Announcing the 2015 Penn Reading Project and the Year of Discovery as Theme Year 2015-2016
December 9, 2014, Volume 61, No. 16
Provost Vincent Price, Vice Provost for Education Andrew Binns, the Council of Undergraduate Deans and the Office of New Student Orientation and Academic Initiatives are pleased to announce the Year of Discovery as the Academic Theme Year for 2015-2016, and The Big Sea by Langston Hughes as the Penn Reading Project for 2015.
Penn Reading Project
This year is the 25th anniversary of the Penn Reading Project (PRP), which was created as an introduction for incoming freshmen to academic life at Penn.
On the afternoon of Monday, August 24, 2015, the entire freshmen class will gather in small groups with Penn faculty and senior academic administrators for a discussion of The Big Sea. Prior to the small group discussions, students will write an essay on the book; all PRP participants will also take part in a morning presentation on The Big Sea and its themes.
Published in 1940, when Hughes was 38 years old and already among America’s most celebrated poets, The Big Sea is an elegantly structured memoir (in short essays) of his early experiences, and a chronicle of his self-realization and invention. Hughes explores his early life, growing up in an African-American family in the Midwest; later, he would travel extensively to Mexico, France and Africa where his sense of identity would be questioned, formed and redefined. Throughout the book, Hughes’ personal discoveries are set in broader contexts, including the extraordinary world of the Harlem Renaissance, in which he was one of the primary creative artists.
Past Penn Reading Projects have included Anne Fadiman’s The Spirit Catches You and You Fall Down, Adam Bradley’s Book of Rhymes, John Patrick Shanley’s Doubt, Lawrence Lessig’s Free Culture, Benjamin Franklin’s Autobiography, Chinua Achebe’s Things Fall Apart, Maxine Hong Kingston’s The Woman Warrior, Mary Shelley’s Frankenstein, Narrative of the Life of Frederic Douglass and Tom Stoppard’s Arcadia—as well as Thomas Eakins’ painting, The Gross Clinic. More information about the Penn Reading Project and its history can be found at: www.yearofdiscovery.org
Faculty members and senior academic administrators in all twelve Schools are invited to take part as PRP discussion leaders. You may sign up directly at: www.prpleaders.org (If you have participated in the last few years, you can simply update your information.)
The Year of Discovery
The Big Sea and the Penn Reading Project will open the Year of Discovery, devoted to exploring the theme of discovery across many areas of inquiry. Discoveries can be personal or more wide-ranging, the result of planned research toward an expected goal, or more spontaneous and serendipitous. Small discoveries occur every day; larger ones may take centuries. Discovery itself is a vital part of the human experience and of the collective processes of education and intellectual growth.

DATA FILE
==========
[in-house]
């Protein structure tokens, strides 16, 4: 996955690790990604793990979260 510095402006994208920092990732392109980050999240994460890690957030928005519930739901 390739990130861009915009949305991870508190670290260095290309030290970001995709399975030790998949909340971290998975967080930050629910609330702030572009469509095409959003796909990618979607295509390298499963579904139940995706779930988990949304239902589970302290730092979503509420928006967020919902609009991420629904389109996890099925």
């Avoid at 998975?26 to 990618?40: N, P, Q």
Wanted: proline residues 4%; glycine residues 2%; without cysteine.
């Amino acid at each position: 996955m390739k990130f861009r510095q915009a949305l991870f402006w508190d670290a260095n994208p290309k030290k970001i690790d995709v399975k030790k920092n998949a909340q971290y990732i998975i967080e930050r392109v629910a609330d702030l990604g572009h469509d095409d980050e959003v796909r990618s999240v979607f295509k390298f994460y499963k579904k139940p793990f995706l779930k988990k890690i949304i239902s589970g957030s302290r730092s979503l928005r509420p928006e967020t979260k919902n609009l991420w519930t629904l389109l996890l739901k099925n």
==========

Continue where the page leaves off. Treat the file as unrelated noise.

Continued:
Penn’s academic theme years aim to provide a shared intellectual experience for the entire Penn community, with programming that is developed both centrally and in individual Schools and centers. We offer funding beginning in April to support theme year programs for the following year, and we invite current students, faculty and staff to design collaborative program opportunities across our campus and community. More information about applying for these grants can be found at www.themeyeargrants.org
Recommendations for Future Penn Reading Project Books and Theme Years
Penn Reading Projects and Academic Theme Years are selected by the Office of the Provost and the Council of Undergraduate Deans from nominations by members of the Penn community. We invite all current Penn students, faculty and staff to participate in the process at:www.prpsuggestions.org
The PRP text should be an outstanding work that will form the basis for a lively discussion. PRP texts can be fiction or nonfiction, historical or contemporary. They can also be films, musical compositions and other works of art. When you submit your suggested text, tell us why you think it will make a good PRP—and also suggest a theme year topic that arises from it. These topics should be broad in scope (e.g. Year of Discovery, Year of Proof, Year of Sound) and encourage interdisciplinary exploration across all Penn Schools and centers.
Submissions can be made at any time and will be reviewed by a nomination committee as they are submitted. For priority consideration for 2016-2017, submissions should be made by April 10, 2015.
For more information
Contact David Fox, director of New Student Orientation and Academic Initiatives, University of Pennsylvania, at firstname.lastname@example.org or (215) 573-5636.